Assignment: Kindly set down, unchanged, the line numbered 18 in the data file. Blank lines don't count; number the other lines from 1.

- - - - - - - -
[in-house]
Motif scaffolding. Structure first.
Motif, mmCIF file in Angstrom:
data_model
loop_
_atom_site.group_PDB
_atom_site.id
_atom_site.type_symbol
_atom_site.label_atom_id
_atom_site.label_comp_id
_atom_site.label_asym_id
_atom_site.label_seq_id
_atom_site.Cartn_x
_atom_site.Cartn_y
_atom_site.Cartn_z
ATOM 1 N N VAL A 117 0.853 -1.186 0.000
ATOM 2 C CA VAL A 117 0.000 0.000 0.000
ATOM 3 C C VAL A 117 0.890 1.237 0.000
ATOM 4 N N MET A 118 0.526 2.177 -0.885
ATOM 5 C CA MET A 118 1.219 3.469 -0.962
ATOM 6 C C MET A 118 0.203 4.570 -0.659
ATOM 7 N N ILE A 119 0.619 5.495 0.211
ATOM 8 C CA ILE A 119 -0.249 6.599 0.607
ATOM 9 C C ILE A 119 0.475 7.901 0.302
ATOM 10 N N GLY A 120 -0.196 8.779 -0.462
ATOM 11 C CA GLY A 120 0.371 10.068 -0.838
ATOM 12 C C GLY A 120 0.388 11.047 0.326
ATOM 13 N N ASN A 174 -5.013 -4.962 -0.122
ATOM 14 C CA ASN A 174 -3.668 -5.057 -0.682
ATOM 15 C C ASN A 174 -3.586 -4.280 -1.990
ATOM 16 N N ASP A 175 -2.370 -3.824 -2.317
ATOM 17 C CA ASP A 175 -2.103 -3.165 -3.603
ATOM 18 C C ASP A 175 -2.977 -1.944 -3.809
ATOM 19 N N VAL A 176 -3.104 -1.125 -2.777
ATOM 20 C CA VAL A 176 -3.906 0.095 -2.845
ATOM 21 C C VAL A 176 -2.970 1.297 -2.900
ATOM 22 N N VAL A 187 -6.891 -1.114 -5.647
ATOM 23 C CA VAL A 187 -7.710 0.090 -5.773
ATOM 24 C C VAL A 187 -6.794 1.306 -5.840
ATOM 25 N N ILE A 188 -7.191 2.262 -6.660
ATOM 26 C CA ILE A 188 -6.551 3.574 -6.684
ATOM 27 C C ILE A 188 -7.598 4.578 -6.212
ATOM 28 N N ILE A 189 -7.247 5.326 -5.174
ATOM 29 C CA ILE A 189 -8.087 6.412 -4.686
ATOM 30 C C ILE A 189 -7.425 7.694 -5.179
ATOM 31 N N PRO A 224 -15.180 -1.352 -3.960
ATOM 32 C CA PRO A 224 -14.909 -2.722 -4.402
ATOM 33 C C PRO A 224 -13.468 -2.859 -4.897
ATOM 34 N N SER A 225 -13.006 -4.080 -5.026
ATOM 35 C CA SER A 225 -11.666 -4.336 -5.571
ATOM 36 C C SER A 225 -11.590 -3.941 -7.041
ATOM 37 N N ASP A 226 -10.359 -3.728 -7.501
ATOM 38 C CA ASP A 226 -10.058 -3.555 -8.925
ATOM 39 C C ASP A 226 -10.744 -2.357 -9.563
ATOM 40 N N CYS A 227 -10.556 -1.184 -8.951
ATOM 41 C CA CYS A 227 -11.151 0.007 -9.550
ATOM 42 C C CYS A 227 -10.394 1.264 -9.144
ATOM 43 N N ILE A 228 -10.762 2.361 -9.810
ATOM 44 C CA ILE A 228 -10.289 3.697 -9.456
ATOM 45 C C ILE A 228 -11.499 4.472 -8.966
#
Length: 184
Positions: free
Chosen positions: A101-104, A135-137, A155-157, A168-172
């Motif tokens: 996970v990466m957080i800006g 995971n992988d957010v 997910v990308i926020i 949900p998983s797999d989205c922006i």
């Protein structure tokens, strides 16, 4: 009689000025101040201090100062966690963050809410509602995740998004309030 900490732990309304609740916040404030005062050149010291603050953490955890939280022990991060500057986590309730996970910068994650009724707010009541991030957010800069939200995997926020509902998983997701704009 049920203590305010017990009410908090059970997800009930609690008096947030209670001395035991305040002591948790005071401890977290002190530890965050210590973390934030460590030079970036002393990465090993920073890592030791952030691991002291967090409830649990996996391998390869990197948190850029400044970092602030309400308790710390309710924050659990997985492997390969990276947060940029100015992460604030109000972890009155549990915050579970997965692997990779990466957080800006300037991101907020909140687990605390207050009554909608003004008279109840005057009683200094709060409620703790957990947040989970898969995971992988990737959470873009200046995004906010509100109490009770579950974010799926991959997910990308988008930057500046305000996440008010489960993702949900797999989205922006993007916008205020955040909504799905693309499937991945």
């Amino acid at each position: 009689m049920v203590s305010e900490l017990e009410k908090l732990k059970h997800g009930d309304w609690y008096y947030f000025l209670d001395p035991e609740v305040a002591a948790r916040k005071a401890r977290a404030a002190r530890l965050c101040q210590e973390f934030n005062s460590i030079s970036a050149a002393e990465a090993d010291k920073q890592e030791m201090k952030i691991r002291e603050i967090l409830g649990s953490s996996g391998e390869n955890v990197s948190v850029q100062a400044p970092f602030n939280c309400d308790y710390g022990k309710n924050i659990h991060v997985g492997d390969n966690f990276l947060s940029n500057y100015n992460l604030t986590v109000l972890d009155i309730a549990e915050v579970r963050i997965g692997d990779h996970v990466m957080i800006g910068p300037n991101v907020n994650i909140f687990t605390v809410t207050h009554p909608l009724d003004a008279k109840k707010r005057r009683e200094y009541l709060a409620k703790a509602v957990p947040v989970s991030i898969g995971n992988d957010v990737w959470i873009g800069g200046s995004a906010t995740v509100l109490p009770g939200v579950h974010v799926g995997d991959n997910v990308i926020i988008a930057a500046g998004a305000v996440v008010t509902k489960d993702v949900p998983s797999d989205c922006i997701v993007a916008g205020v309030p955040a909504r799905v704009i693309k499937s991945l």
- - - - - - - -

ATOM 3 C C VAL A 117 0.890 1.237 0.000